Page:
About product bans

Bans can be placed on products and product-related services if there is a risk that they may cause serious injury, illness or death.

Interim bans

The Commonwealth Minister and the relevant state and territory ministers can impose an interim ban on products or product-related services if they consider:

  • the product will or may injure someone
  • as a result of the service being supplied, the product will or may injure someone
  • using or misusing the product, or the product to which the service related, in a 'reasonably foreseeable' way will or may injure someone
  • another minister has imposed an interim ban on the product or service, which is still in force.

Interim bans imposed by the Commonwealth Minister apply nationally. Suppliers must be notified and given an opportunity to call a conference before the ban is imposed,  unless the Commonwealth Minister determines that there is imminent danger to the public. In this case, suppliers will be notified and have an opportunity to call a conference at the time, or shortly after the ban is imposed.

State and territory ministers can only impose interim bans that apply in their state or territory. They are not required by the ACL to notify suppliers or give them an opportunity to call a conference before imposing a ban.

Interim bans last for 60 days unless extended by the relevant minister for up to another 60 days.

Permanent bans

The Commonwealth Minister has the power to declare a permanent ban on a product or product-related service. Permanent bans apply nationally.

If the Minister proposes to impose a permanent ban, they must publish a proposed ban notice on the internet, and invite affected suppliers to request a conference with the ACCC. If there is an imminent risk of death or injury from the unsafe product, a ban can be imposed immediately and suppliers invited to a conference after the event.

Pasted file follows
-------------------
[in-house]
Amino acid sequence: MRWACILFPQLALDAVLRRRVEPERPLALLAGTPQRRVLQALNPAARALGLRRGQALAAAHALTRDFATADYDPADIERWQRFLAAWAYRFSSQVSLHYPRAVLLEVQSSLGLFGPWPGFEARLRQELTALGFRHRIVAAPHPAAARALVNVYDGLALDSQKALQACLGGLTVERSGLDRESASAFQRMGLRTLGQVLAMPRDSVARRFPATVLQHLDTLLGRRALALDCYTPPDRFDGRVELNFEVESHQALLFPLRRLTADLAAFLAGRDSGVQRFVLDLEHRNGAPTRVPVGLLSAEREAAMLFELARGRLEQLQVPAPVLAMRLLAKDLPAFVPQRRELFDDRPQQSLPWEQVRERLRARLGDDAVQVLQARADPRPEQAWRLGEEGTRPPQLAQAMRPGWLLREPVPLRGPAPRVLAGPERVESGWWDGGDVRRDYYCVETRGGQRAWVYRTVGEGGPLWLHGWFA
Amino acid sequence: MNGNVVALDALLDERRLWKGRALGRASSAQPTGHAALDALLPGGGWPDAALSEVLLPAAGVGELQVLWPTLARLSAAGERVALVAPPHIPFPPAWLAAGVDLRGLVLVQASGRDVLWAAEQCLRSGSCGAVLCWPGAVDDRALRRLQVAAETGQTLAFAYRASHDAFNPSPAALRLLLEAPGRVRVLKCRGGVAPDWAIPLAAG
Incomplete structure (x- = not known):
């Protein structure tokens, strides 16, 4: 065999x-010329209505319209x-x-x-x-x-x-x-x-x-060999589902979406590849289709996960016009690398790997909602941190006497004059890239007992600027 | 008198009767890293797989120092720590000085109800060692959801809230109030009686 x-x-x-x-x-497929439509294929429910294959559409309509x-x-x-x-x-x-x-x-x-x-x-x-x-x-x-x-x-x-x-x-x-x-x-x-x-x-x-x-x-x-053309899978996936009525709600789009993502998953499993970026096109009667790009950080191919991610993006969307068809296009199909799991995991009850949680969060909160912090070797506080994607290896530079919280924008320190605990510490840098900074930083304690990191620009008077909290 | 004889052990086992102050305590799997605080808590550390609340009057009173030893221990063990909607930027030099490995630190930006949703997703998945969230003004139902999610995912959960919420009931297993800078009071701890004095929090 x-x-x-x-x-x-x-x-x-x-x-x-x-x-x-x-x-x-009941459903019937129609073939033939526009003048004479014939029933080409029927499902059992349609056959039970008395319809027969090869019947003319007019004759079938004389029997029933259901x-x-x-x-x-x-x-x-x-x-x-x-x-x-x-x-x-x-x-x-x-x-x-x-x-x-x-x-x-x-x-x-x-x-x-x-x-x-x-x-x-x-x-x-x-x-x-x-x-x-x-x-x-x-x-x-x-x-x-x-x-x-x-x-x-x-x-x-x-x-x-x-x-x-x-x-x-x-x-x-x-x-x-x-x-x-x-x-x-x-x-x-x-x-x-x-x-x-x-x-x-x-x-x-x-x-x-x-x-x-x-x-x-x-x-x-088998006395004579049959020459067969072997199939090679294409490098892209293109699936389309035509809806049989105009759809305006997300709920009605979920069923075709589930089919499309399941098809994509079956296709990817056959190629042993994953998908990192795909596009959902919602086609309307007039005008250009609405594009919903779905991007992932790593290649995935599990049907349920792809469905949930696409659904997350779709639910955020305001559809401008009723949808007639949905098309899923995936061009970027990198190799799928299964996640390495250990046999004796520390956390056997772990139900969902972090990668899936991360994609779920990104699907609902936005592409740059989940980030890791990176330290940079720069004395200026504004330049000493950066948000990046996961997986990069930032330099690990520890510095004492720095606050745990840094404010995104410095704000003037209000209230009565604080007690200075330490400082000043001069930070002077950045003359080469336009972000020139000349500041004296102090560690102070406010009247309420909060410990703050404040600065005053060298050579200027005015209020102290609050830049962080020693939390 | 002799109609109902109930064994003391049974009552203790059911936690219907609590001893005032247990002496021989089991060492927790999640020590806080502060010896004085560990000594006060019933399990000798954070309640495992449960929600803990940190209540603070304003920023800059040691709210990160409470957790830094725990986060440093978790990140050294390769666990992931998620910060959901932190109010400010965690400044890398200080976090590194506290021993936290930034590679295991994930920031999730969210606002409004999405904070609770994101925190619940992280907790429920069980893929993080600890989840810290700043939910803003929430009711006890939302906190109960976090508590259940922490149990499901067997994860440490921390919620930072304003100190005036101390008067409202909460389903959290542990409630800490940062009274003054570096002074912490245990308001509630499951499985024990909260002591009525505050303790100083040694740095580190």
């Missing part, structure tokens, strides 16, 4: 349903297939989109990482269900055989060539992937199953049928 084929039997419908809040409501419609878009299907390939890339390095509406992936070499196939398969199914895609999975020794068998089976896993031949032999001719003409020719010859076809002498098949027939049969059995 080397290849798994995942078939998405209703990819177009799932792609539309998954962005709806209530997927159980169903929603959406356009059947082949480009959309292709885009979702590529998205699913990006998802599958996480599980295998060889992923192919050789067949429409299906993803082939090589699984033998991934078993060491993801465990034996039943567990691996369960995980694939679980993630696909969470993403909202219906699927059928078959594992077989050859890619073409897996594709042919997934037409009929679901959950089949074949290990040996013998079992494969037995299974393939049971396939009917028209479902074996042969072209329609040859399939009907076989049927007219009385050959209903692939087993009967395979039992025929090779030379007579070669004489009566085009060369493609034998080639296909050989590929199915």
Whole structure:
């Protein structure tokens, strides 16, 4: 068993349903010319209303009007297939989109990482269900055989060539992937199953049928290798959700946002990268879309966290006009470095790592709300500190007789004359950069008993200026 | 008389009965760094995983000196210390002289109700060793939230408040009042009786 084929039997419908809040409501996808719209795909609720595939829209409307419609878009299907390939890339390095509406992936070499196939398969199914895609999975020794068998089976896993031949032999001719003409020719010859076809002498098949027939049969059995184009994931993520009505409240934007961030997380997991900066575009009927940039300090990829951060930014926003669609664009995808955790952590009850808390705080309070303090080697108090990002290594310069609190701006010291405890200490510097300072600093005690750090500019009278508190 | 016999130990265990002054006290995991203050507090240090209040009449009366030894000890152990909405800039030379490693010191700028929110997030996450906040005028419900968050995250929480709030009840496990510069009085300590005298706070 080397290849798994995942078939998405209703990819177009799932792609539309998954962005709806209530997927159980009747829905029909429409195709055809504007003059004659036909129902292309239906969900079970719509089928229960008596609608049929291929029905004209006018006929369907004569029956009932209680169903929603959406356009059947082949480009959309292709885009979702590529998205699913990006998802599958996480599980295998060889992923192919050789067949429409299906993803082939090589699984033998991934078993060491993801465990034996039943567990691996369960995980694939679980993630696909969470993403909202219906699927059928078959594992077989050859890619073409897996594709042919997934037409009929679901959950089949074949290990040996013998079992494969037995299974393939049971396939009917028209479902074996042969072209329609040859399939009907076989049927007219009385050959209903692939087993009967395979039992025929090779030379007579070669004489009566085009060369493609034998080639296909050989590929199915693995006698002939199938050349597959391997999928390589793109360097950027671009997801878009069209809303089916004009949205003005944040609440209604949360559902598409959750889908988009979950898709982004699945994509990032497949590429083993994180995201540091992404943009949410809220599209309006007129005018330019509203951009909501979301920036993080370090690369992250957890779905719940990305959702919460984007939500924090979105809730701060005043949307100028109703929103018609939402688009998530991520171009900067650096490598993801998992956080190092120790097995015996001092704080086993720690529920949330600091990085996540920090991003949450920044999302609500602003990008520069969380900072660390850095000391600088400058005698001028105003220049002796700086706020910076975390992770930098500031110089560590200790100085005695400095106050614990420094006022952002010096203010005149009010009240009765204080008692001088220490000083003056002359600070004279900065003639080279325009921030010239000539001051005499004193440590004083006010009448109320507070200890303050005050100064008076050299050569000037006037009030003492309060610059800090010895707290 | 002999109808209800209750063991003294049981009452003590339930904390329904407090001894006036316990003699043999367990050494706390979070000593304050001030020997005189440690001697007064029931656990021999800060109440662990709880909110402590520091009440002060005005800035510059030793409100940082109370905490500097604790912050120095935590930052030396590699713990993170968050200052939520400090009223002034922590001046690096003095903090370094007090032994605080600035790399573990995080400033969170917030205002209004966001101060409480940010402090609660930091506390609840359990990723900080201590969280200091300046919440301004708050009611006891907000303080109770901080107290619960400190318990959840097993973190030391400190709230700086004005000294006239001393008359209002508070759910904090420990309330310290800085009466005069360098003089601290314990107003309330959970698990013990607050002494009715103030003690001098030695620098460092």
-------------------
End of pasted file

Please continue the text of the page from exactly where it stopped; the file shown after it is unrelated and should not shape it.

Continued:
Under the Australian Consumer Law (ACL), a ban is a legislative instrument. A permanent ban imposed under the Trade Practices Act 1974, which was still in force on 1 January 2011, continues in force as if it were a permanent ban imposed under the ACL.

Complying with bans

If a product or product related service has been banned, it is against the law for anyone to:

  • supply
  • offer to supply
  • manufacture
  • possess
  • have control of this product.

Special rules apply to consumer products supplied for export only. Businesses that supply consumer products for export only should seek legal advice if any of those items are subject to a ban.

Suppliers are responsible for staying informed about their legal obligations.

Does a ban apply to your business?

Under the Australian Consumer Law supply includes:

  • in relation to goods - (including re-supply) by way of sale, exchange, lease, hire or hire-purchase
  • in relation to services - provide, grant or confer.

A ban on a particular product applies to anyone in the business of supplying that product, including:

  • manufacturers
  • importers
  • distributors
  • retailers
  • hirers.

More information

Product bans

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